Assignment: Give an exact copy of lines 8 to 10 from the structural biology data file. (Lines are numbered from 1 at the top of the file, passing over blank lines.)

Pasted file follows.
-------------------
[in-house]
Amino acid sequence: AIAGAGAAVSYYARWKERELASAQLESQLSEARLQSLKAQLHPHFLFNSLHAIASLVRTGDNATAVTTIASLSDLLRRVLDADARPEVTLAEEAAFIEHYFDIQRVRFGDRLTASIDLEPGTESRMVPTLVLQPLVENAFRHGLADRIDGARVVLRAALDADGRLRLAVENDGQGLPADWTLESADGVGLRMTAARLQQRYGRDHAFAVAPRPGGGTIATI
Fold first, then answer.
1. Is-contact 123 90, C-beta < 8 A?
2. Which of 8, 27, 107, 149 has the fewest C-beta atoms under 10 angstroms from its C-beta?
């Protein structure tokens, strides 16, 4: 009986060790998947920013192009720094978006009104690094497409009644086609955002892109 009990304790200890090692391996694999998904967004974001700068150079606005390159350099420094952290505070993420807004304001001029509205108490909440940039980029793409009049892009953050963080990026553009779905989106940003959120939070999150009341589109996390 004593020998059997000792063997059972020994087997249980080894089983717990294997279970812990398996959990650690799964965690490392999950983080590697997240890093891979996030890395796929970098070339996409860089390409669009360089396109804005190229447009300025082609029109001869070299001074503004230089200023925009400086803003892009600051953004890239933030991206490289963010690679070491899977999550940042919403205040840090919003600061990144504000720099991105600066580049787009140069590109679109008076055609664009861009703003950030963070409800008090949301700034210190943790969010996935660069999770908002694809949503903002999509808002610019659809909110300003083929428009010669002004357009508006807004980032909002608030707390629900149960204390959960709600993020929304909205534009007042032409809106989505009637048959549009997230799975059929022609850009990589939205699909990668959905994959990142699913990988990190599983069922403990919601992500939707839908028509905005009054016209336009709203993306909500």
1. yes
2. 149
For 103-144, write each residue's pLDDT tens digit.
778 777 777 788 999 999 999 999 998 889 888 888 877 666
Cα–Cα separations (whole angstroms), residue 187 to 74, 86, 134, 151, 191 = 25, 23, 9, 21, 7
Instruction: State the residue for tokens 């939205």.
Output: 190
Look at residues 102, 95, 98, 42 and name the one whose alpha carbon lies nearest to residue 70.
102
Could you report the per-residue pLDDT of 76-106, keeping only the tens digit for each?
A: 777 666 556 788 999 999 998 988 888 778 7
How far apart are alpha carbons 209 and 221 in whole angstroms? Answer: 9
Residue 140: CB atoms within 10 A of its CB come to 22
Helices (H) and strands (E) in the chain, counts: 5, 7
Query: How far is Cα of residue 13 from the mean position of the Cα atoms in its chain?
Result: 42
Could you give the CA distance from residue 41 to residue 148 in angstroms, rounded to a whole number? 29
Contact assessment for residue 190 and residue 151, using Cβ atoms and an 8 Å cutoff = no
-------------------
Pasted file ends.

2. 149
For 103-144, write each residue's pLDDT tens digit.
778 777 777 788 999 999 999 999 998 889 888 888 877 666